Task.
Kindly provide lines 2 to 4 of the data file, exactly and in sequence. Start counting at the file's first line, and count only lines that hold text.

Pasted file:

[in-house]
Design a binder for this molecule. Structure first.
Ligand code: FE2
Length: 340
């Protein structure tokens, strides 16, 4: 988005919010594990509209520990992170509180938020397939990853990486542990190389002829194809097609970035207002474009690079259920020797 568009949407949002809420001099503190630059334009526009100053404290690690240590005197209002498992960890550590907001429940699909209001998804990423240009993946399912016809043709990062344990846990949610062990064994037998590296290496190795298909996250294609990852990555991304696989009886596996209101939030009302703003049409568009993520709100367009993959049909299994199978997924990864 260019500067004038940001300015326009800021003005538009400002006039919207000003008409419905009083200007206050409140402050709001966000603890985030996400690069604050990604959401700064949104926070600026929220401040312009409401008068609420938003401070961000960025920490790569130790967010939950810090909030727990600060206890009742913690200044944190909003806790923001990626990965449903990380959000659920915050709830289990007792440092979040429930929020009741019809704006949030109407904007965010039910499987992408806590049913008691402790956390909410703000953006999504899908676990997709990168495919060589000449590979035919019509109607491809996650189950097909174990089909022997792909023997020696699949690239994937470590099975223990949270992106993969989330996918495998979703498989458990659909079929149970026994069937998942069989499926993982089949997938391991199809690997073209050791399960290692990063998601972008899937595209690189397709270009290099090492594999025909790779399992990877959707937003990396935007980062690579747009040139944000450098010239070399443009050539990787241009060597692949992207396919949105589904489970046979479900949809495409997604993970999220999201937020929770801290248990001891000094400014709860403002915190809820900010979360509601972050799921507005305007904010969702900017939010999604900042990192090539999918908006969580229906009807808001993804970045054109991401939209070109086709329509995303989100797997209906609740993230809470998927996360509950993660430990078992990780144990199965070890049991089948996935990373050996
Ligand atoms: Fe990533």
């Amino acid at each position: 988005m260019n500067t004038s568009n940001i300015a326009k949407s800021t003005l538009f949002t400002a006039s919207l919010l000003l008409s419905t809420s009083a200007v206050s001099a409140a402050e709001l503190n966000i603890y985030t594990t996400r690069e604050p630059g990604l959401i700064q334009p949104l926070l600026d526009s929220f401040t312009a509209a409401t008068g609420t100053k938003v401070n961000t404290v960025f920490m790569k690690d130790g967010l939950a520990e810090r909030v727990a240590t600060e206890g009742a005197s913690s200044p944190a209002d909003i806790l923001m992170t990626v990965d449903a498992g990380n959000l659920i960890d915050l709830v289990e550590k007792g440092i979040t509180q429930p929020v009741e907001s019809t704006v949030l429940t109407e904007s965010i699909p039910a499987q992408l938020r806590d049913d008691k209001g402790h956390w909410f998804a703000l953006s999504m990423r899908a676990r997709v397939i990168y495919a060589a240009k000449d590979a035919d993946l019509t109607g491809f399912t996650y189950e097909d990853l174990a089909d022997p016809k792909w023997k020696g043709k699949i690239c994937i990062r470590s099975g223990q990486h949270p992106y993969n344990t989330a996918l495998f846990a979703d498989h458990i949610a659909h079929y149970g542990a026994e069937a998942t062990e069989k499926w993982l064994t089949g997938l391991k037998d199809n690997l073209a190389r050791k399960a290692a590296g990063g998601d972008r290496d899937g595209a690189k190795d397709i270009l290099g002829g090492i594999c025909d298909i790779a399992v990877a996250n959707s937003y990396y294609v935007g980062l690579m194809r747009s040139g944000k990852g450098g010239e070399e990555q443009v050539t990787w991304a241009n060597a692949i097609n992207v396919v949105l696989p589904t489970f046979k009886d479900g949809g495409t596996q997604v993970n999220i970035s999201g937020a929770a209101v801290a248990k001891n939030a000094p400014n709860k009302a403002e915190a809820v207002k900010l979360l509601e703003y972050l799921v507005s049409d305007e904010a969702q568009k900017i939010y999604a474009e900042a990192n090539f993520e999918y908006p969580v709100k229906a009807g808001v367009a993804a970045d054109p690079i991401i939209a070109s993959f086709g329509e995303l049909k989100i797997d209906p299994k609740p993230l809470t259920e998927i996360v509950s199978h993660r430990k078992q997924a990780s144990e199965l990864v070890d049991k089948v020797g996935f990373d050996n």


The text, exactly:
Design a binder for this molecule. Structure first.
Ligand code: FE2
Length: 340